These Things Are Blocking the Wi-Fi Signal in Your Home

Your home Wi-Fi is your Internet lifeline, which in turn is your connection to the world. Since internet companies charge for what they do these days, you expect your speeds to be fast and consistent to watch 4K streaming or play online games with friends. However, there are plenty of obstacles around your home that can prevent your Wi-Fi from working at its peak.

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How Wi-Fi interacts with your space

To understand how certain objects and materials block and weaken Wi-Fi, it’s important to know what Wi-Fi really is. In short, Wi-Fi is not the Internet itself: rather, it is radio waves that allow your devices to communicate with your router, which in turn connects to the Internet.

Radio waves, like Wi-Fi, can travel through physical objects. Otherwise, Wi-Fi would not be an efficient or effective way to connect to the Internet. If Wi-Fi were exactly like light, it would be bright and glowing until it hits a hard surface – anything beyond the surface wouldn’t see light, while we know you can still connect to Wi-Fi from another room in your house.

While Wi-Fi can pass through physical objects and still reach your devices, it won’t work to its full potential. When Wi-Fi encounters interference, it decreases. Depending on the object it hits, the effects can be minimal or dramatic. That’s the difference between achieving advertised internet speeds and having a painfully slow, poor quality signal.

Your house may be on the way

If your Wi-Fi speed is poor, your home may be to blame. If your Wi-Fi signal is trying to reach you through concrete walls and floors, steel poles, or other types of heavy objects, it will have a hard time reaching its full potential. Wi-Fi and metal don’t mix well, so any type of metal in your walls and floors can block or impair signal access to you.

On the other hand, wood and drywall are not particularly effective against Wi-Fi, making them ideal for spreading a Wi-Fi signal throughout your home. If you’re getting great Wi-Fi speeds even when your router is tucked away in another room or behind a closet, it probably has a good time through stuff like this.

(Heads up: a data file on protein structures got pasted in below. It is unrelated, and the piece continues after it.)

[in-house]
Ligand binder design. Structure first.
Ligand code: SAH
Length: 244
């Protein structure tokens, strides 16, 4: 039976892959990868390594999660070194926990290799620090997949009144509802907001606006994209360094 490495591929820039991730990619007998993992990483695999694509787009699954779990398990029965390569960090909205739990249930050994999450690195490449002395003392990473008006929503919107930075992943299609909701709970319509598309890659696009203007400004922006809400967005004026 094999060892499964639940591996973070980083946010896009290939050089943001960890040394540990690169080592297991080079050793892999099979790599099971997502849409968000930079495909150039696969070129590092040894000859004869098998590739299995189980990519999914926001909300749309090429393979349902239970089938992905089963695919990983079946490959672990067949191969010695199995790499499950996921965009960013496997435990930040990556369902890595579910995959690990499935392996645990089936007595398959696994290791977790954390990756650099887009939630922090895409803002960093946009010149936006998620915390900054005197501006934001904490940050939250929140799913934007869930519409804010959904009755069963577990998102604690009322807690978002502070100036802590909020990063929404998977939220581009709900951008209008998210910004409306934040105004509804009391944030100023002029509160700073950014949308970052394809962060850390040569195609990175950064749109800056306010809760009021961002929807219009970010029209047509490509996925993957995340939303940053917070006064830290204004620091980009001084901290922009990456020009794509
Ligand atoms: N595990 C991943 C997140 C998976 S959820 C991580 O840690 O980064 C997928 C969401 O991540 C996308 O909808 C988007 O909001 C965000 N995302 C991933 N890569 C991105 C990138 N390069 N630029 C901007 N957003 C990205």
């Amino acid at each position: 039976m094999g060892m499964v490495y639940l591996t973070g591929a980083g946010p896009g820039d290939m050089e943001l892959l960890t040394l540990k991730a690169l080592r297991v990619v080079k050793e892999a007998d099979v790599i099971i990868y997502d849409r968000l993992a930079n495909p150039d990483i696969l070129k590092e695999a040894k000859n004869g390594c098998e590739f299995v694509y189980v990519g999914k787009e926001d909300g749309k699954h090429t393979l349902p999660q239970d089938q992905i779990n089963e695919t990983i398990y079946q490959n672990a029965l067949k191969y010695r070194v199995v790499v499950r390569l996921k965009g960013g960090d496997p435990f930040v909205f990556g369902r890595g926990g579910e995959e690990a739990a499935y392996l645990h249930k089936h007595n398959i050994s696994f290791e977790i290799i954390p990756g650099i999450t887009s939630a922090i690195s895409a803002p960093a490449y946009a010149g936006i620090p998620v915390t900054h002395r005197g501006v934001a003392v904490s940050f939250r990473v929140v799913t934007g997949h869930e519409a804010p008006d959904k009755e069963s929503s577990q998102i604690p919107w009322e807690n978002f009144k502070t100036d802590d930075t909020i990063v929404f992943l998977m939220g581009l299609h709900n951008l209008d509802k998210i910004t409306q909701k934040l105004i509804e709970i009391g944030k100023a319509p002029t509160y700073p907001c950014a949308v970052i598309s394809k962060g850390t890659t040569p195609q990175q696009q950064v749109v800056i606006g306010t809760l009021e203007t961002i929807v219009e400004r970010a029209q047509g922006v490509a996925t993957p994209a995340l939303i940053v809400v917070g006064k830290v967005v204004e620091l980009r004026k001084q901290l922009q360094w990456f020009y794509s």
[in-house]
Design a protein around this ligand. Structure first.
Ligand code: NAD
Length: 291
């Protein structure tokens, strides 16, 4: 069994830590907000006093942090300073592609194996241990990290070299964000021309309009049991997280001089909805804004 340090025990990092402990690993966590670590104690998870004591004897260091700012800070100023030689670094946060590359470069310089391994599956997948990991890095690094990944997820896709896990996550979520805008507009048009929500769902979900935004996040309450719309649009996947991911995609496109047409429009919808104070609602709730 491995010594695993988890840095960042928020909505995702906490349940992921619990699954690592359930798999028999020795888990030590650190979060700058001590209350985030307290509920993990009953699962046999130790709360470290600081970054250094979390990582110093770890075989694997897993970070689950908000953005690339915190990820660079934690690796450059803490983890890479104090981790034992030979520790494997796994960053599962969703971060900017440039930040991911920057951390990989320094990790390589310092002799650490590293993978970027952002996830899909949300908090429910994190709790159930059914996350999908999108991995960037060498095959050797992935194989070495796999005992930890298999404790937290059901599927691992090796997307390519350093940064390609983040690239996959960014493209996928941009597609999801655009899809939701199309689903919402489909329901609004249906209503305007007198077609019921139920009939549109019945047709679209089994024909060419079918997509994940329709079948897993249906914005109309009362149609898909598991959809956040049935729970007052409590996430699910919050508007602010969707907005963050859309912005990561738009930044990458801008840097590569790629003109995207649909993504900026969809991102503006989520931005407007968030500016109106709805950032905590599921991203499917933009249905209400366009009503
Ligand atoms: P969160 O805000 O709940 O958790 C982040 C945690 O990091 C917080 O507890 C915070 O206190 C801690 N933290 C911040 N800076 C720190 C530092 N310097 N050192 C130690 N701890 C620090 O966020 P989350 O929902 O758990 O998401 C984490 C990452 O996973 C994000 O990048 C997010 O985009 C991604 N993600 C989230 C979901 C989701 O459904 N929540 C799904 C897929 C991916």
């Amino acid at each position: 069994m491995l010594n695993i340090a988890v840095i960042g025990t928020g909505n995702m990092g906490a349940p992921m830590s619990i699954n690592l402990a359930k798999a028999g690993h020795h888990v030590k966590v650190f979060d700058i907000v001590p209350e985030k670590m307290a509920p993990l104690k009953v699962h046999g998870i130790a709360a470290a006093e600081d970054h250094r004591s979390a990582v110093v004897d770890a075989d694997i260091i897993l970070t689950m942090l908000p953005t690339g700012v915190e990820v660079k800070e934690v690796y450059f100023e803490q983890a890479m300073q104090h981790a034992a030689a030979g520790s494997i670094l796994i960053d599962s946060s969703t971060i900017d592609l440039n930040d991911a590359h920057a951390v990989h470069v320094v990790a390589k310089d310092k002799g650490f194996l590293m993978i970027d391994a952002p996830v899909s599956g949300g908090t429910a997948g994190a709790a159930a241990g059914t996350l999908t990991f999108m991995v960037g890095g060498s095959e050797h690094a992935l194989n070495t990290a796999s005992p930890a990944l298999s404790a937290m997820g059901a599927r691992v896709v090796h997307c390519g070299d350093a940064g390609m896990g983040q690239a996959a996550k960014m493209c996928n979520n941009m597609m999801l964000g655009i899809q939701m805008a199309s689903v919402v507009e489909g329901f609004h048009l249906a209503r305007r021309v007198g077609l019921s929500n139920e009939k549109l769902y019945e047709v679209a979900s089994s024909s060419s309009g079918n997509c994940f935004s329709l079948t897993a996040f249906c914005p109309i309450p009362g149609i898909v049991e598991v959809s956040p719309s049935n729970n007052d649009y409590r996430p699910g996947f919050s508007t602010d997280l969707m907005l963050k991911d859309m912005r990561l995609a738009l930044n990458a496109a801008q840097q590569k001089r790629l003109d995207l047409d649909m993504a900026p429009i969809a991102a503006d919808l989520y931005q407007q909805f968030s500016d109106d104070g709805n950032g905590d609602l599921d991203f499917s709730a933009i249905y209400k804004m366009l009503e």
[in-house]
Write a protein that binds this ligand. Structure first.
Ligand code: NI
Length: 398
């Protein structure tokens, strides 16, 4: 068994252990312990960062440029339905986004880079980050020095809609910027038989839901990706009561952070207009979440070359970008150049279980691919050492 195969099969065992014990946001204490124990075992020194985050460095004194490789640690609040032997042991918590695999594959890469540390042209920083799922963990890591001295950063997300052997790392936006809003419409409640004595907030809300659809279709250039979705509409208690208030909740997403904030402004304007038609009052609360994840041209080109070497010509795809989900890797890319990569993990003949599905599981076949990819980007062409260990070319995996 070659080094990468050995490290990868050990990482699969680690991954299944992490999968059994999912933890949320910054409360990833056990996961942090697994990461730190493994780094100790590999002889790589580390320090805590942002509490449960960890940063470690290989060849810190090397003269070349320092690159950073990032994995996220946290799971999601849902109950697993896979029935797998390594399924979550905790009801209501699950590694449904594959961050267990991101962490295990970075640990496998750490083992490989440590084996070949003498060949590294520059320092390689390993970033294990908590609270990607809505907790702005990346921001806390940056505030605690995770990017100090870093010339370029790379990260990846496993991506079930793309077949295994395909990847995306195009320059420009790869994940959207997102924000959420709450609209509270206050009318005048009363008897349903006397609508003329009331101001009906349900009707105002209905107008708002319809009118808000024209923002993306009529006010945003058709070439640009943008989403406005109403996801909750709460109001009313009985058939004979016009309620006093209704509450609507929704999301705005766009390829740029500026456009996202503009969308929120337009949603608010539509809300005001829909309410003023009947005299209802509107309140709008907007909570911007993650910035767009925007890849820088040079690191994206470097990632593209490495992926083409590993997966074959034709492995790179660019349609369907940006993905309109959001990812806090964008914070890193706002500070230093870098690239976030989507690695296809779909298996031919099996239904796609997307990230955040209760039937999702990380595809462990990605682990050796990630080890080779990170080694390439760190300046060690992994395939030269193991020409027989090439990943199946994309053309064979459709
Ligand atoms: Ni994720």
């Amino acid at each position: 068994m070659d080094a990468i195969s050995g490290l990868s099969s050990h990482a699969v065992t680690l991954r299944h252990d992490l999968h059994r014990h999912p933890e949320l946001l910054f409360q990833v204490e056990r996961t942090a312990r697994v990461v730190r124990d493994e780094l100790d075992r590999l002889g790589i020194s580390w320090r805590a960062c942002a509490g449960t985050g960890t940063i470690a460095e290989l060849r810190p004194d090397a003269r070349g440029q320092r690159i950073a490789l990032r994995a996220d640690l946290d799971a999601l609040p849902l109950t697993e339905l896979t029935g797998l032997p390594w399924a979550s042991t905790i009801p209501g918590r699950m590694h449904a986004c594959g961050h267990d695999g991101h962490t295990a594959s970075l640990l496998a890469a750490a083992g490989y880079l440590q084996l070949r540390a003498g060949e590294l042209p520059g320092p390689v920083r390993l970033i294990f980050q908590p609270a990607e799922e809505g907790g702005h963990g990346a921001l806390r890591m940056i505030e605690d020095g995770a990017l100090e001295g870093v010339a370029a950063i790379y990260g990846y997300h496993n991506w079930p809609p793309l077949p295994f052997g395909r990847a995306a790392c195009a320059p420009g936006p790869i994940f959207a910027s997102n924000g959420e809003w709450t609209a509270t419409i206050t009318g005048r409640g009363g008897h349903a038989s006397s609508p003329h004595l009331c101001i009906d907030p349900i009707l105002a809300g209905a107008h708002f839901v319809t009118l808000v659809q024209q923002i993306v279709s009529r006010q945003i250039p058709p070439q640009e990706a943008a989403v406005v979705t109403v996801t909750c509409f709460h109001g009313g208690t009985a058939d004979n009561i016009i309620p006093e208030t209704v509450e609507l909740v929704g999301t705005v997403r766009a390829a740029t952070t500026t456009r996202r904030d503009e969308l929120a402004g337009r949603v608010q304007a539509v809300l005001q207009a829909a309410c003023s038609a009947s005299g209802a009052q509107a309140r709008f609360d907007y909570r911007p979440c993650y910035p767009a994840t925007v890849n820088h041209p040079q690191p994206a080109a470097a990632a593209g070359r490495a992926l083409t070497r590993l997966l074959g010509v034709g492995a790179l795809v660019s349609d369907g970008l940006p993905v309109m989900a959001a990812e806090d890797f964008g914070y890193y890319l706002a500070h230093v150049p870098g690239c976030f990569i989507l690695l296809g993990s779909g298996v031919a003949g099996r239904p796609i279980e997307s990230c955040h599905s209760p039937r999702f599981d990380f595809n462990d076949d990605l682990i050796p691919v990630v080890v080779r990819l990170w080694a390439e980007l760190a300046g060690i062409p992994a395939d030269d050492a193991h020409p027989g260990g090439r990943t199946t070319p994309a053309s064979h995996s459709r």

Of course, no one builds a house to maximize internet speed. You need to live with the cards you’ve been given in this situation: if your walls are full of metal or your house is built of concrete or cinder block, there’s little you can do to fix it. That’s why the location of your router is so important: the fewer obstacles between your devices and the router, the better.

Household appliances are often not friendly with Wi-Fi

While most electronics can be used with Wi-Fi – after all, anything that connects to Wi-Fi is by definition electronic – some just kill Wi-Fi. Consider the kitchen, which is not only a space where many people use the internet, but is often adjacent to or directly connected to other rooms with lots of internet. Kitchen appliances such as the dishwasher, refrigerator, and oven are large metal boxes that won’t interfere with your Wi-Fi signal. That’s not to mention the microwave, which, in addition to being a one-piece metal box, also emits its own interfering waves.

Other household appliances can also make a difference: washing machines and dryers, which can be located in different parts of your home (sometimes even in the kitchen!). If your signal is going through these rooms to get to you, it might have a hard time.

Consider thin metal barriers in your home

Two big criminals you might not be thinking about? TVs and mirrors. Your flat screen TV is actually a thin sheet of metal ready to block the Wi-Fi signal from objects around it. If you use a game console or smart device to connect to the internet from your TV, you can see how problematic this can be.

Mirrors are not good news either. They are also metallic and can degrade your signal. I have a mirror right next to my TV and I might change my mind soon…

Old technology can get in the way

It’s unlikely, but hey, it could apply to you too. While modern technology is designed to not mess up your Wi-Fi signals, older technology wasn’t as far-sighted. In particular, older Bluetooth devices can interfere with your Wi-Fi and reduce the stability of your signal. If you have old Bluetooth devices in your living room, consider moving them away from anything you’re trying to connect to the internet with.

What You Can Do to Avoid Blocking Your Home Wi-Fi

Now that you are aware of the objects in your home that can block or otherwise compromise your Wi-Fi signals, you are probably wondering how you can improve the situation. We have discussed how you can improve the speed and performance of your router as there are many steps and tricks to help improve your Wi-Fi.

However, there is one piece of advice, first of all, that I hope you will take away from this article: place the router somewhere open. While not everyone in your home will drastically degrade your Wi-Fi signal, it’s best to limit any obstruction from your router to your devices. Placing the router in as open an area as possible is the best way to do this.

Not all setups are the same: while some of us have the ability to place a router on a table in our living rooms, others are tied to where their Internet access point is. Mine, for example, is installed in my bedroom closet, so there’s not much I can do other than run an Ethernet extension throughout my house (hey, now there’s a fun idea for a weekend project).

However, at my previous location, the access point was in the living room, which gave me the opportunity to place the router in a more open area. Connecting to the Internet from the living room or even the kitchen was not difficult, because nothing was in the way. If you have the opportunity, stick to this philosophy when working with your own Internet settings.

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